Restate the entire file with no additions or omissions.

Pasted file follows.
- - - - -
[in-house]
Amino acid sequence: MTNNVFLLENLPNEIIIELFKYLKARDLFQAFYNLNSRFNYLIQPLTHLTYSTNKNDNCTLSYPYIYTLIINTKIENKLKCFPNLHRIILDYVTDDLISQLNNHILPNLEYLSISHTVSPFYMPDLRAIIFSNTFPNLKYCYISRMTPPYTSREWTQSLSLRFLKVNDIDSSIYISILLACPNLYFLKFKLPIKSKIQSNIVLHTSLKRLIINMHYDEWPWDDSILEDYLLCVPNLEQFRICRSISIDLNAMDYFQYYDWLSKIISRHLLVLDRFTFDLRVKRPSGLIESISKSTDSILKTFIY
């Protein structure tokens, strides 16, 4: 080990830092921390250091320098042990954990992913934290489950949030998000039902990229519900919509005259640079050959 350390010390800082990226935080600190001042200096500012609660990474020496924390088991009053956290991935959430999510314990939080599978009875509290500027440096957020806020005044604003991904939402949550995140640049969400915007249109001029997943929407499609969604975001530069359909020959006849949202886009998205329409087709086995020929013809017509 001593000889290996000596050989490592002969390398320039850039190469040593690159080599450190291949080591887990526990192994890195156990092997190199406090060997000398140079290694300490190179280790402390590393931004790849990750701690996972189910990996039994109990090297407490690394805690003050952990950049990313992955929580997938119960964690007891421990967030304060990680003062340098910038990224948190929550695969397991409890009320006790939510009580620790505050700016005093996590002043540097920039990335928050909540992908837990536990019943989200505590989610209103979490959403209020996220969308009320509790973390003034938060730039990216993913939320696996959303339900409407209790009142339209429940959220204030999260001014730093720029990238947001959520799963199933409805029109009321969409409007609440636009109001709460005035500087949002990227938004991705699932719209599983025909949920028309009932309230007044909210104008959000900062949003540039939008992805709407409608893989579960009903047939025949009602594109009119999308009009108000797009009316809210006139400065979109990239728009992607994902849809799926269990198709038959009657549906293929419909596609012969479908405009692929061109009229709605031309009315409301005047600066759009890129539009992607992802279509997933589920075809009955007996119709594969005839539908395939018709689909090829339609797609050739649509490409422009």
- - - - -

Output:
[in-house]
Amino acid sequence: MTNNVFLLENLPNEIIIELFKYLKARDLFQAFYNLNSRFNYLIQPLTHLTYSTNKNDNCTLSYPYIYTLIINTKIENKLKCFPNLHRIILDYVTDDLISQLNNHILPNLEYLSISHTVSPFYMPDLRAIIFSNTFPNLKYCYISRMTPPYTSREWTQSLSLRFLKVNDIDSSIYISILLACPNLYFLKFKLPIKSKIQSNIVLHTSLKRLIINMHYDEWPWDDSILEDYLLCVPNLEQFRICRSISIDLNAMDYFQYYDWLSKIISRHLLVLDRFTFDLRVKRPSGLIESISKSTDSILKTFIY
């Protein structure tokens, strides 16, 4: 080990830092921390250091320098042990954990992913934290489950949030998000039902990229519900919509005259640079050959 350390010390800082990226935080600190001042200096500012609660990474020496924390088991009053956290991935959430999510314990939080599978009875509290500027440096957020806020005044604003991904939402949550995140640049969400915007249109001029997943929407499609969604975001530069359909020959006849949202886009998205329409087709086995020929013809017509 001593000889290996000596050989490592002969390398320039850039190469040593690159080599450190291949080591887990526990192994890195156990092997190199406090060997000398140079290694300490190179280790402390590393931004790849990750701690996972189910990996039994109990090297407490690394805690003050952990950049990313992955929580997938119960964690007891421990967030304060990680003062340098910038990224948190929550695969397991409890009320006790939510009580620790505050700016005093996590002043540097920039990335928050909540992908837990536990019943989200505590989610209103979490959403209020996220969308009320509790973390003034938060730039990216993913939320696996959303339900409407209790009142339209429940959220204030999260001014730093720029990238947001959520799963199933409805029109009321969409409007609440636009109001709460005035500087949002990227938004991705699932719209599983025909949920028309009932309230007044909210104008959000900062949003540039939008992805709407409608893989579960009903047939025949009602594109009119999308009009108000797009009316809210006139400065979109990239728009992607994902849809799926269990198709038959009657549906293929419909596609012969479908405009692929061109009229709605031309009315409301005047600066759009890129539009992607992802279509997933589920075809009955007996119709594969005839539908395939018709689909090829339609797609050739649509490409422009």